W+K Tomorrow & PIE Host Hack Day for Portland Public Schools

This Saturday, W+K Tomorrow and the Portland Incubator Experiment hosted a hack day for Portland Public Schools. Emerging from the GOOD Ideas for Cities event in February, the hack aimed to make some of the ideas more tangible. It was also the first move in an attempt to get the 85% of Portlanders who don’t have school age kids more involved with public schools.

Mayor Sam Adams kicked off the day at 10am. We had a great turnout – a good mix of representatives from the City and the school system, people from some of the key organizations supporting schools, and a healthy dose of developers.

Organic conversations arose surrounding the presented problem at hand while all attendees self-sorted into groups. That’s when the day’s work began.

THE PROBLEM
85% of people in central Portland have no children of school age. This means that the majority has no natural connection with the school system. We want to make it easier for that 85% to support Portland’s public schools, and this event is the first stage…by appealing to the developer and design community to lend us their talent for one day to build on some of the ideas. And to invent new ones.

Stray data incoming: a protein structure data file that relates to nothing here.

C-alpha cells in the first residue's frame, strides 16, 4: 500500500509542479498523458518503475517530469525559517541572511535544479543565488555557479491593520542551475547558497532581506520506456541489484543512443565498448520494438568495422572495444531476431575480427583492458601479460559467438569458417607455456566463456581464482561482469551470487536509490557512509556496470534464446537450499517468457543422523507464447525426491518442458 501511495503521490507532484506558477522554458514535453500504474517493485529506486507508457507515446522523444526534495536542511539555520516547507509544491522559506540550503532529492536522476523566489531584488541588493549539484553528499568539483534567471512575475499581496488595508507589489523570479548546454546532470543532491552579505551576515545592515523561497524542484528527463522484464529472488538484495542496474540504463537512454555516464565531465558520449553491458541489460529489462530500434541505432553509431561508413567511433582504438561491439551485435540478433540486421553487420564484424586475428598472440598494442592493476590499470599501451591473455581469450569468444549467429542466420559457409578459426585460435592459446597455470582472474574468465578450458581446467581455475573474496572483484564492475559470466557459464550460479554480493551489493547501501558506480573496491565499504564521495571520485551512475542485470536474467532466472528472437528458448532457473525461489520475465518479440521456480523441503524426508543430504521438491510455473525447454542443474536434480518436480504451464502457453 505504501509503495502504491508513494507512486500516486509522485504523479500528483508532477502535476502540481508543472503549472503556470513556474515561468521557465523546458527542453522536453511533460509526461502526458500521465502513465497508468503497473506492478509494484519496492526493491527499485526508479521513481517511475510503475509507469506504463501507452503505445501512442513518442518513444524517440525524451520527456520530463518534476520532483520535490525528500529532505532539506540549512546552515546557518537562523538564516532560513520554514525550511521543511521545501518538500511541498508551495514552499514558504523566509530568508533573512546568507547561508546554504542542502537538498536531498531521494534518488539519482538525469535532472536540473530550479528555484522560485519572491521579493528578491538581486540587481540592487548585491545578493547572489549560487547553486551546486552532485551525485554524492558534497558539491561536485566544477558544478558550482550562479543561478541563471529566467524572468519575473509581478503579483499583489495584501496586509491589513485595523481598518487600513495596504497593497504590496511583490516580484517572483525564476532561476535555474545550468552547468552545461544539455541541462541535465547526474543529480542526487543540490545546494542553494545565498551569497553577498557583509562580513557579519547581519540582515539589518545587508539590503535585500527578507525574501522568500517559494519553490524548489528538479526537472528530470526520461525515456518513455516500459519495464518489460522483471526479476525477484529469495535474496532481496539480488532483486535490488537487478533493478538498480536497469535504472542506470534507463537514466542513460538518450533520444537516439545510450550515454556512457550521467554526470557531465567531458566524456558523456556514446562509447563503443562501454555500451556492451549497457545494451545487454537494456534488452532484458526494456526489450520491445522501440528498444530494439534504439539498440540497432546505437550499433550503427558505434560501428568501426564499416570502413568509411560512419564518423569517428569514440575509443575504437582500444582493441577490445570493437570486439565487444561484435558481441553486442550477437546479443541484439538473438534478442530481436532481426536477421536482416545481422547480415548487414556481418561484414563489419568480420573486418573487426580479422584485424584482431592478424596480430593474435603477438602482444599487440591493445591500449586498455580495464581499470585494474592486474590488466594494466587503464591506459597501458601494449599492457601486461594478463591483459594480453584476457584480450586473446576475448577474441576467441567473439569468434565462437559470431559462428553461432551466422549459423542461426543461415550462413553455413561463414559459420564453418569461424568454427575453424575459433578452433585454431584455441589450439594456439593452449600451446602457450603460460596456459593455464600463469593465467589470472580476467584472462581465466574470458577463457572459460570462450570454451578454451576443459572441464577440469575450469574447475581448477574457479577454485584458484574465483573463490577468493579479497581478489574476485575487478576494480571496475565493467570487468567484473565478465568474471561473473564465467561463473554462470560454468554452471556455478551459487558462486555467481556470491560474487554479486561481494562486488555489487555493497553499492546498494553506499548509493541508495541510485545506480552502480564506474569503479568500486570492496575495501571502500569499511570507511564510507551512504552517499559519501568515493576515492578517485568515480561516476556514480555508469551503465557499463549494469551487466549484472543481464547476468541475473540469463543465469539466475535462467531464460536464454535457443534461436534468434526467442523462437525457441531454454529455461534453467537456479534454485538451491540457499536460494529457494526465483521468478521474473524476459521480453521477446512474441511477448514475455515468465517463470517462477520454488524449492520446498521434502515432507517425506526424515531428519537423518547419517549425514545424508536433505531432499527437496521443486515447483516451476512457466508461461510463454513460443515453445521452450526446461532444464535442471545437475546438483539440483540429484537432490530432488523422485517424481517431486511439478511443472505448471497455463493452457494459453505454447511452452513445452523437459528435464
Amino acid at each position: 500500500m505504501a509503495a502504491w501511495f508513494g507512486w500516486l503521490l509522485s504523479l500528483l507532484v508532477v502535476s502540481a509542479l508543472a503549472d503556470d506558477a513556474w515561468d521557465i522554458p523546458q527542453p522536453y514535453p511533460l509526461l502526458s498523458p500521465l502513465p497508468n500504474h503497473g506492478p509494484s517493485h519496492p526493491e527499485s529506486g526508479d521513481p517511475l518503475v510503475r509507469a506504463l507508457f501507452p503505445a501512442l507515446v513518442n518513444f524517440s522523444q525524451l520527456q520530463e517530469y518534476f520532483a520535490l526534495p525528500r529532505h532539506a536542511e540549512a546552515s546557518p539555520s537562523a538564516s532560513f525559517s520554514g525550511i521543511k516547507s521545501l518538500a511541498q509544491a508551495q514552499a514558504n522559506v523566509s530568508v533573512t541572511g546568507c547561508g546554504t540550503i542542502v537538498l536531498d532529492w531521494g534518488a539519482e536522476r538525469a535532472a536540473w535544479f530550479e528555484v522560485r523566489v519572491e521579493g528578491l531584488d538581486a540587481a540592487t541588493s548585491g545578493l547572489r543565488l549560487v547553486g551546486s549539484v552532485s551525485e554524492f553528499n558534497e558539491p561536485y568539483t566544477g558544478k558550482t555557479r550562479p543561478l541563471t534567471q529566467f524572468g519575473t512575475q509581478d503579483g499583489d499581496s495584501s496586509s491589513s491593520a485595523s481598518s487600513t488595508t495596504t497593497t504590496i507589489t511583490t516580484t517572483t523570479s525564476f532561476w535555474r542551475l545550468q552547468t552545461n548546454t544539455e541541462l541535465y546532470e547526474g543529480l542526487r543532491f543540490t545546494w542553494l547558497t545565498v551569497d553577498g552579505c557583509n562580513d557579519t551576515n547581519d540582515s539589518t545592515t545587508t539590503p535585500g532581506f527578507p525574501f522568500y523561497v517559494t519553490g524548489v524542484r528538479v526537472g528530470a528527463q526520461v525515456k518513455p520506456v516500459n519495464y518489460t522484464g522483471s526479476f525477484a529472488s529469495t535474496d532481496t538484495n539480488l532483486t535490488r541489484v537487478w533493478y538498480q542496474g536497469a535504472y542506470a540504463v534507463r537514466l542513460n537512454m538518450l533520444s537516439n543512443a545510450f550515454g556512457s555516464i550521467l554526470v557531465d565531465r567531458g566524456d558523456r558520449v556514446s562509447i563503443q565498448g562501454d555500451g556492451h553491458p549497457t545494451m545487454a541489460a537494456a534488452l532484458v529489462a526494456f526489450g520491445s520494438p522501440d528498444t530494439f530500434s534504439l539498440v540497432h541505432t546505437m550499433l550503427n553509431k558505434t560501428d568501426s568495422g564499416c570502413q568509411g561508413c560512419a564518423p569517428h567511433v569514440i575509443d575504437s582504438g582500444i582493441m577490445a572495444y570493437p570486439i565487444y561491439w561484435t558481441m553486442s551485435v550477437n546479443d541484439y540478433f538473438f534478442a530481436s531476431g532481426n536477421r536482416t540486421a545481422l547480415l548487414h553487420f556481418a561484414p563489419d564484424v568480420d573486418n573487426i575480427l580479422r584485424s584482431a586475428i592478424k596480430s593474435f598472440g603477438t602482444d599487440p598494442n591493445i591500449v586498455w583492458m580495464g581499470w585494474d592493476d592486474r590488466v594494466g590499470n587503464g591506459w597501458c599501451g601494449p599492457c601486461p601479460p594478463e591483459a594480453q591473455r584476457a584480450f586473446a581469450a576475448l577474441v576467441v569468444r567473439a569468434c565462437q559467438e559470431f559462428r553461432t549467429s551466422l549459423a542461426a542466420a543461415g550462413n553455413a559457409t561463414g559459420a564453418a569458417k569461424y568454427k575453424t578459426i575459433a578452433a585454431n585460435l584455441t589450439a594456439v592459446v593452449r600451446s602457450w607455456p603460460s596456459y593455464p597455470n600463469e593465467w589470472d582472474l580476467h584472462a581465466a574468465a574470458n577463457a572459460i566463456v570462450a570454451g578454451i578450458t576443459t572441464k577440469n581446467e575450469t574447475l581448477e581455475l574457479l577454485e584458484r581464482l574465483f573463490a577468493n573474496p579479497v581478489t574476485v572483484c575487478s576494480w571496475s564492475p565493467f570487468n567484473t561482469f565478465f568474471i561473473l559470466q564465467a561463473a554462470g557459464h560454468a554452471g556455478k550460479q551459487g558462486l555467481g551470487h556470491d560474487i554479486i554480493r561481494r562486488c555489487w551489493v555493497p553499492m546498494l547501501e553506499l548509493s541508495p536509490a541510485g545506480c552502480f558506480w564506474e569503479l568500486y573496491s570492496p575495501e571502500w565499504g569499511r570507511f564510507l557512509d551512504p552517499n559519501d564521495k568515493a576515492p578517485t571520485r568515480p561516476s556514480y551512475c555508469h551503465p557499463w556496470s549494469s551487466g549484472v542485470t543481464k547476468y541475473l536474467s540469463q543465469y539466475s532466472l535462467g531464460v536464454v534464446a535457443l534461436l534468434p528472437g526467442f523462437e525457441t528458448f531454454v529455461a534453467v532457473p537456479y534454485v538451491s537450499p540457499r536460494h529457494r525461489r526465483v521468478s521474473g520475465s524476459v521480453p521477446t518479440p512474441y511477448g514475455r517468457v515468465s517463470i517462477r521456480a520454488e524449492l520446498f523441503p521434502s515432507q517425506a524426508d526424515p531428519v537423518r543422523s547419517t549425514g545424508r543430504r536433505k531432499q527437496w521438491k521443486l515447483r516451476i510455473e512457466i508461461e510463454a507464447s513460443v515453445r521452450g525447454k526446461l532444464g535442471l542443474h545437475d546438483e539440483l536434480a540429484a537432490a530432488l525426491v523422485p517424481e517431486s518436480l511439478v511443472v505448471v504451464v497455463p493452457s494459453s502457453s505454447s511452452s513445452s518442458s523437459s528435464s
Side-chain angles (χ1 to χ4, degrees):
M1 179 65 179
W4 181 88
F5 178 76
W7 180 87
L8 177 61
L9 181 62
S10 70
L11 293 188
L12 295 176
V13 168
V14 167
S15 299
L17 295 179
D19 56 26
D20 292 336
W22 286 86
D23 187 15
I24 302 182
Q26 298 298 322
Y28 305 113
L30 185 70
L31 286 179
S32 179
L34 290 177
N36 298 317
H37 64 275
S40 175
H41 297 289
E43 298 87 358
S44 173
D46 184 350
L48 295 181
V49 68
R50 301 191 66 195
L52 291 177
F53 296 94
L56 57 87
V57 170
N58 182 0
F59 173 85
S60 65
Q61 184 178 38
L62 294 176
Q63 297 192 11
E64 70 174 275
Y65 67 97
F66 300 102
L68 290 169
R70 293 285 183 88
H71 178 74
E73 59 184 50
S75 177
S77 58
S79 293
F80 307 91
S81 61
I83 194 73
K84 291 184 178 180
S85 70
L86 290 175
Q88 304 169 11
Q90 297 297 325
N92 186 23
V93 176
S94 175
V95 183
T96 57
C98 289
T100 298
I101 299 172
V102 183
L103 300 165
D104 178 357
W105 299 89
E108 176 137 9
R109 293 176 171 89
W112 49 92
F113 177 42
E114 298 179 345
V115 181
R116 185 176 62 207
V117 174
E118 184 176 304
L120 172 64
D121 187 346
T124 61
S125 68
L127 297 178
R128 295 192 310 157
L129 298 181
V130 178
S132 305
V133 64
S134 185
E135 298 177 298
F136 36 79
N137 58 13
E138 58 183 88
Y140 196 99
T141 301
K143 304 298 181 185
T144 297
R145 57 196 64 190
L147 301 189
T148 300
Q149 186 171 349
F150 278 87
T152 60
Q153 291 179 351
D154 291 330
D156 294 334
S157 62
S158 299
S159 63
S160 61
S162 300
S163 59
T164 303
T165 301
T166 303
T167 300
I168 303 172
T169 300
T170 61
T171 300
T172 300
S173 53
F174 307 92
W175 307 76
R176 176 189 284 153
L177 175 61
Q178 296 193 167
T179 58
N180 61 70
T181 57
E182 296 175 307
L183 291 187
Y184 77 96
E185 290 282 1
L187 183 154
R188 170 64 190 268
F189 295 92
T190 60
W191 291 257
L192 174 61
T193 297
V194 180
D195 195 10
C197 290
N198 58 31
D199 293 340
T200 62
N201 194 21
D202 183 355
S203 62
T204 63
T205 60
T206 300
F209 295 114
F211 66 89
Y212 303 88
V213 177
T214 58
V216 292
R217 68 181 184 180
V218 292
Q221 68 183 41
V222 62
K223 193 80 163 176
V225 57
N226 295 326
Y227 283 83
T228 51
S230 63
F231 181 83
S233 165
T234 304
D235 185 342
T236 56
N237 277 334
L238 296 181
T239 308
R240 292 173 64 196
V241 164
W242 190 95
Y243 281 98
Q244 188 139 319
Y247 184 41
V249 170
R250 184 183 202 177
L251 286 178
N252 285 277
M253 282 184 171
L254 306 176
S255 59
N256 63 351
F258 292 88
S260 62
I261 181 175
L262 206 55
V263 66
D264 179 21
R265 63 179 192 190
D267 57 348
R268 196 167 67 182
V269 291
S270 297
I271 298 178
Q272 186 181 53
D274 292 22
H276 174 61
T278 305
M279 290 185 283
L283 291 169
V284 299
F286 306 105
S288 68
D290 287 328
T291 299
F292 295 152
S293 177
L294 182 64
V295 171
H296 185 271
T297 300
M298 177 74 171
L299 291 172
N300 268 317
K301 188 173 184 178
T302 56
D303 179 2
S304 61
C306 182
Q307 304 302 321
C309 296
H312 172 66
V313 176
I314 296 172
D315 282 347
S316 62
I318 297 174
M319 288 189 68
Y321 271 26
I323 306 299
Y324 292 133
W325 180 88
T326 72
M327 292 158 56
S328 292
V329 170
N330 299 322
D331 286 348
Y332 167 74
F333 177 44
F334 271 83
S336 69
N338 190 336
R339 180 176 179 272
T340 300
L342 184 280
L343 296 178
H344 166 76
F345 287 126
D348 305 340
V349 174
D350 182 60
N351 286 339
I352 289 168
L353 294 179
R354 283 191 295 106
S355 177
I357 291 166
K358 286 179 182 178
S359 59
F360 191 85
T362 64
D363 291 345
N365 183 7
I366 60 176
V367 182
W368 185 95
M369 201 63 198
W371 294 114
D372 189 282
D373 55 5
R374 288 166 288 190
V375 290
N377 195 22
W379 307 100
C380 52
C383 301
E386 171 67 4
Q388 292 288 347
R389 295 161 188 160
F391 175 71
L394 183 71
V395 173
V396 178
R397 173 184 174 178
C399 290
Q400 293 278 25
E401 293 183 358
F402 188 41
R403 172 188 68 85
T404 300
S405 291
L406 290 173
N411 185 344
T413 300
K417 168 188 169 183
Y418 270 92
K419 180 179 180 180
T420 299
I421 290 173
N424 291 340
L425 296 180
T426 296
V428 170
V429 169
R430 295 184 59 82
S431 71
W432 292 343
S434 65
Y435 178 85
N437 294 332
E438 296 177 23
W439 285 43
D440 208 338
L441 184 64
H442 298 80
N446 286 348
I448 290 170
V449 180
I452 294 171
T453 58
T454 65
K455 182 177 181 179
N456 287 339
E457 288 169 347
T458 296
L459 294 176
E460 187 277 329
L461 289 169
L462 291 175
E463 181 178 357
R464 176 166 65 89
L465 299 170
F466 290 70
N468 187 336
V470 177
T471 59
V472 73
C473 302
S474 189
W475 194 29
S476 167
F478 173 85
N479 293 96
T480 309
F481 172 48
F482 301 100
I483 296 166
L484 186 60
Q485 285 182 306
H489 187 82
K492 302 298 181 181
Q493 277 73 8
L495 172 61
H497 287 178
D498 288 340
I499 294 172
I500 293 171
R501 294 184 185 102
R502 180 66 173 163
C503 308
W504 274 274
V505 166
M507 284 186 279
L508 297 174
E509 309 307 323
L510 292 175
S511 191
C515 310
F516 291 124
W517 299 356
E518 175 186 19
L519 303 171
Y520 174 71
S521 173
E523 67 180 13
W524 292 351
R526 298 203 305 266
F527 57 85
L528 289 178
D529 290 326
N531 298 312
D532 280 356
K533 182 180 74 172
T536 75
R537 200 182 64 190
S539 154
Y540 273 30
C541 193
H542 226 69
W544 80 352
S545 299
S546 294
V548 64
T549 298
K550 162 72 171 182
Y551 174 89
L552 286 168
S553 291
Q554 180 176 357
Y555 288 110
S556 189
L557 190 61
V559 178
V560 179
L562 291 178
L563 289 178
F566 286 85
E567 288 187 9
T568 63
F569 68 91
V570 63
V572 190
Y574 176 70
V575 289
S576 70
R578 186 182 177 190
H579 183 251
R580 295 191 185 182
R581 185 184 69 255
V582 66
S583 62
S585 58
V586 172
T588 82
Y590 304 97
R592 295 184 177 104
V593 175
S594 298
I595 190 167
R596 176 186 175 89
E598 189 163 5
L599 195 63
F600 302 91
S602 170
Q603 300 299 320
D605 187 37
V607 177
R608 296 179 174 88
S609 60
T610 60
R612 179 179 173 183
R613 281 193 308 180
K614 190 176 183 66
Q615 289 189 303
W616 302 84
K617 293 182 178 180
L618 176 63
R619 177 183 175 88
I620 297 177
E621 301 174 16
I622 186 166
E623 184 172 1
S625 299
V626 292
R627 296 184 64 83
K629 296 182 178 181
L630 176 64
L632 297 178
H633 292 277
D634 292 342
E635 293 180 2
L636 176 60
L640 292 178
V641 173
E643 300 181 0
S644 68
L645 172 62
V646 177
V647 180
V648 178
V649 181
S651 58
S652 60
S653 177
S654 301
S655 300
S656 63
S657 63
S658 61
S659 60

Our research with schools and supporting organizations showed that a few simple things – books, food, clothing and people’s time – could make a big difference to students. We also learnt that there are many organizations in Portland that are set up to support schools in these ways. We want to build a tool that makes it easy to find these organizations, and to give resources to them.

It was gratifying to see a number of local tech companies getting involved. Participants from Mozilla, The Brigade, cel.ly as well as the Software Association of Oregon were all on site during the hack.

In the end, 8 teams presented Mayor Sam Adams and Portland Public School Superintendent Carole Smith with demos of possible solutions. Ideas ranged from a text message model that showed users where to bring books and other necessities, to a Kickstarter-inspired platform, and a Facebook build to connect more Portlanders to school events.

Thanks to everyone who joined us this Saturday to hack for Portland’s public schools. We’re excited to see how these ideas move forward.

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